After much recipe reading, researching, and dough testing, I think I’ve got a recipe for homemade Oreos that is a dead ringer for the real thing, only better. They are satisfyingly crunchy in that familiar Oreo way but richer, as they are homemade and fresh, therefore avoiding the need for pesky preservatives and unfortunate unnatural ingredients. The extra black cocoa powder offers an almost salty or savory note to the cookies, which is also true to form. The fresh vanilla creme filling is the last touch that makes these cookies a deliciously nostalgic treat that I would dare anyone to turn down ;)

When served piled up high on a plate with an ice cold glass of milk, they really are practically perfect in every way ( <– Julie Andrews reference).


Adapted from The Food Network Kitchens recipe

Note: if you don’t feel like getting black onyx cocoa powder, simply substitute Dutch process cocoa in its place. No harm, no foul.


1 1/3 cups Black Onyx cocoa powder (also known as black cocoa powder)

1 1/2 – 2 cups all-purpose flour, plus more for your work surface

1/4 teaspoon salt

2 sticks unsalted butter, softened

2 cups granulated sugar

2 large eggs

1.5 teaspoons vanilla extract


For the filling:

1 stick unsalted butter, softened

1/2 cup vegetable shortening

3 cups confectioners’ sugar, sifted

1.5 teaspoons vanilla extract


To make the dough, sift the cocoa powder, flour and salt together in a large bowl.

Cream the butter and sugar together with a mixer. Add the eggs one at a time, followed by the vanilla, adding each ingredient before the next. Now add the dry ingredients and mix just until everything is incorporated (make sure to scrape the bottom of the bowl with a spatula).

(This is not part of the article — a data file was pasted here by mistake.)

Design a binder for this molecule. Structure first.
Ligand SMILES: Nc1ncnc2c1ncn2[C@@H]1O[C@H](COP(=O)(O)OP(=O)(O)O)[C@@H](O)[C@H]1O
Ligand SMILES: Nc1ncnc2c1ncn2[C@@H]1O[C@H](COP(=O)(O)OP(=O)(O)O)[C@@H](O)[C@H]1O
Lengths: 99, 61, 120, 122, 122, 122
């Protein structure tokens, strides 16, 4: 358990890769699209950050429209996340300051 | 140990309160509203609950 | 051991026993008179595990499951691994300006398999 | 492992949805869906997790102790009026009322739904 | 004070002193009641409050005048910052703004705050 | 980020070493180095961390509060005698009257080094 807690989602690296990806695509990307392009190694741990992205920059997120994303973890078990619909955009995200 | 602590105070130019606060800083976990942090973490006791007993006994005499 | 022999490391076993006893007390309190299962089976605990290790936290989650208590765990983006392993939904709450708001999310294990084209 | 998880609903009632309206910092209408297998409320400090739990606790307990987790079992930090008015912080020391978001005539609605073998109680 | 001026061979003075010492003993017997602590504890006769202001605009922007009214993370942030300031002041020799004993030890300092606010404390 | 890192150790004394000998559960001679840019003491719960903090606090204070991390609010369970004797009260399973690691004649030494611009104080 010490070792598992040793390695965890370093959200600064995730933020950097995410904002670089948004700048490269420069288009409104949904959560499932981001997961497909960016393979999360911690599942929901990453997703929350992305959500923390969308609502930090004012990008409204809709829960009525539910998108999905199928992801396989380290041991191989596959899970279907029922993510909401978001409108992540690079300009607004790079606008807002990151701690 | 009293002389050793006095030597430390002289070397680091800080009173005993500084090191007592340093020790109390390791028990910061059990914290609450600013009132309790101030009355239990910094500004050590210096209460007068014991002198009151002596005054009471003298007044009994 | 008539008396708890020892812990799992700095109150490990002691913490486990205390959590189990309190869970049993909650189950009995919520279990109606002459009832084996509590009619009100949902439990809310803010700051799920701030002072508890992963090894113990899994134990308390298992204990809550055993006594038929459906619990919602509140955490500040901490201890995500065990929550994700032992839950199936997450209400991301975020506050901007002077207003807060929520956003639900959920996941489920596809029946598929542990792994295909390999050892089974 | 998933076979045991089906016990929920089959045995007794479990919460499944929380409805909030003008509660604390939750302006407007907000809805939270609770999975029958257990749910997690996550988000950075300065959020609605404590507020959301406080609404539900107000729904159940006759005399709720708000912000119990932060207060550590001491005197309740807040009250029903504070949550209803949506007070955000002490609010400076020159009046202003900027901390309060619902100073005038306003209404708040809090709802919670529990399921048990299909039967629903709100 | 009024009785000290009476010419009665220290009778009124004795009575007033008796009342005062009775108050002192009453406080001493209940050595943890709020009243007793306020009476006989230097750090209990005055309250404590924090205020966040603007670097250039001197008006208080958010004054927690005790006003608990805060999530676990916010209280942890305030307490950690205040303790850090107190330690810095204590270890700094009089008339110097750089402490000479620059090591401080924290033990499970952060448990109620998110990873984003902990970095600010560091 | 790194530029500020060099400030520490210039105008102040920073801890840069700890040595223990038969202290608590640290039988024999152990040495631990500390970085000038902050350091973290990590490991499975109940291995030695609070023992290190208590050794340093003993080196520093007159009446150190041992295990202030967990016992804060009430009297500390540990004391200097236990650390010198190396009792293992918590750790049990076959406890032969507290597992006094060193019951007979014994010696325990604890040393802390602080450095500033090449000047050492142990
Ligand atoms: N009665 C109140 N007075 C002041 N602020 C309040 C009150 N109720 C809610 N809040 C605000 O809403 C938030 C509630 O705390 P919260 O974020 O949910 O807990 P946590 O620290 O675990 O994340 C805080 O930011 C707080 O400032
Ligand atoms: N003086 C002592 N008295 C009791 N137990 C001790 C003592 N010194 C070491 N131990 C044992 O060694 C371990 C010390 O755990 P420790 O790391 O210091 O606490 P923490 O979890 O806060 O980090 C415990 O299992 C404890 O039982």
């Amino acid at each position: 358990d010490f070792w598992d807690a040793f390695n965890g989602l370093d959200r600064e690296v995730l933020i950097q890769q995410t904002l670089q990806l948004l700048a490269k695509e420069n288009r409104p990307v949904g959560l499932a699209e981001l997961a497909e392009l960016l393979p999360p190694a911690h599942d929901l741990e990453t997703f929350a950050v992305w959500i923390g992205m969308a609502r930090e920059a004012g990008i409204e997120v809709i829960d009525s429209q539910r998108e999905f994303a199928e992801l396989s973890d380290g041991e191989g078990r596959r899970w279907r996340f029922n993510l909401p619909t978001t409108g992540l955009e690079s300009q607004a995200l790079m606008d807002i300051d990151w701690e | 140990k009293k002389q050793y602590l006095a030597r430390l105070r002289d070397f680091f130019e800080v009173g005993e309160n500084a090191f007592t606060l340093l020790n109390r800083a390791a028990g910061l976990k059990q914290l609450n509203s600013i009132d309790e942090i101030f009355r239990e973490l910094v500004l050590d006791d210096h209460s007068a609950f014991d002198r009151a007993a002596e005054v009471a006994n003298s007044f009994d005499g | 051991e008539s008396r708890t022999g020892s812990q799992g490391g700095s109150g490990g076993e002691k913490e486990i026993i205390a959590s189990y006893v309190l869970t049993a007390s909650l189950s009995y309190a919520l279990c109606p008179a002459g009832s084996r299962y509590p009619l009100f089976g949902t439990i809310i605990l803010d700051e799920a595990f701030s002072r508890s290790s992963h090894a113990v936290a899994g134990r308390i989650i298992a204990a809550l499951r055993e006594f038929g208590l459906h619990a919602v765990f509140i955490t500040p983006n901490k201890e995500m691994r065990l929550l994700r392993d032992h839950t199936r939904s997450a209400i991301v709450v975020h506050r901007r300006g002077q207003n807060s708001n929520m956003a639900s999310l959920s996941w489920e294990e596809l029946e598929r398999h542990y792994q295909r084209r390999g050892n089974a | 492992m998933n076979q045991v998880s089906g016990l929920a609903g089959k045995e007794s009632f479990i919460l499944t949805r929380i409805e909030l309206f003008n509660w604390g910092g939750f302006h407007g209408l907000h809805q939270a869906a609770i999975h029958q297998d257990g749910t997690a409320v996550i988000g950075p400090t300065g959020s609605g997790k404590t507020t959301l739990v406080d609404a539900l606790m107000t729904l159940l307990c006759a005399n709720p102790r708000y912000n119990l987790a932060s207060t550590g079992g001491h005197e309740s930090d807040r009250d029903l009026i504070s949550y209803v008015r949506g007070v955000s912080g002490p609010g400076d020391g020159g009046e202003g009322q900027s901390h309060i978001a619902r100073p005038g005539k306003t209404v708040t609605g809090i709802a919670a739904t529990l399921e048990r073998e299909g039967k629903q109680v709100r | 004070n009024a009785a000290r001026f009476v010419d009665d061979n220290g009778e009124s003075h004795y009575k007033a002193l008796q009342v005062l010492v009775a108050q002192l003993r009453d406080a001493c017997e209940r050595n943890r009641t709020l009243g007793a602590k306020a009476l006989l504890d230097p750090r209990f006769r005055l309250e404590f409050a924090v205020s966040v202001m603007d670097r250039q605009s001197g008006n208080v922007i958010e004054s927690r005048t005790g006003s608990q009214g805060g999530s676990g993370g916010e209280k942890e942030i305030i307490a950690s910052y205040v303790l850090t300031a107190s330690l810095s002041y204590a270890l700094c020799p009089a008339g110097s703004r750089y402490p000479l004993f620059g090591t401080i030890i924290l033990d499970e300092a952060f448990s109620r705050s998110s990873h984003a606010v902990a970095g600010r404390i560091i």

Divide the dough in half and place one half between sheets of parchment paper and roll out to a thickness of about 1/4-inch. Repeat with the other half. Refrigerate the dough halves until firm, at least 1 hour or up to a few days.

Preheat your oven to 325 degrees F.

Using a round cutter, cut the dough into circles (you choose the size here, I opted for a 2-inch cutter and wound up with about 30 cookies). You can re-roll the extra dough, if needed (I froze my extras). Place the cookies about 2 inches apart on ungreased baking sheets and bake until they are set, about 18 – 20 minutes for 2-inch cookies and longer if you want them the size of your head.

Cool completely.

For the filling: Cream the butter and shortening until nice and fluffy. Beat in the powdered sugar and vanilla.

Turn half of the cookies upside down and top each with about a tablespoon of filling, spreading to the edges. Press the remaining cookies on top to form sandwiches.

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Homemade Croissants

Homemade croissantsCroissants5Croissants1Homemade croissants
Homemade croissantsHomemade croissantsHomemade croissantsHomemade croissantsHomemade croissantsHomemade croissantsHomemade croissants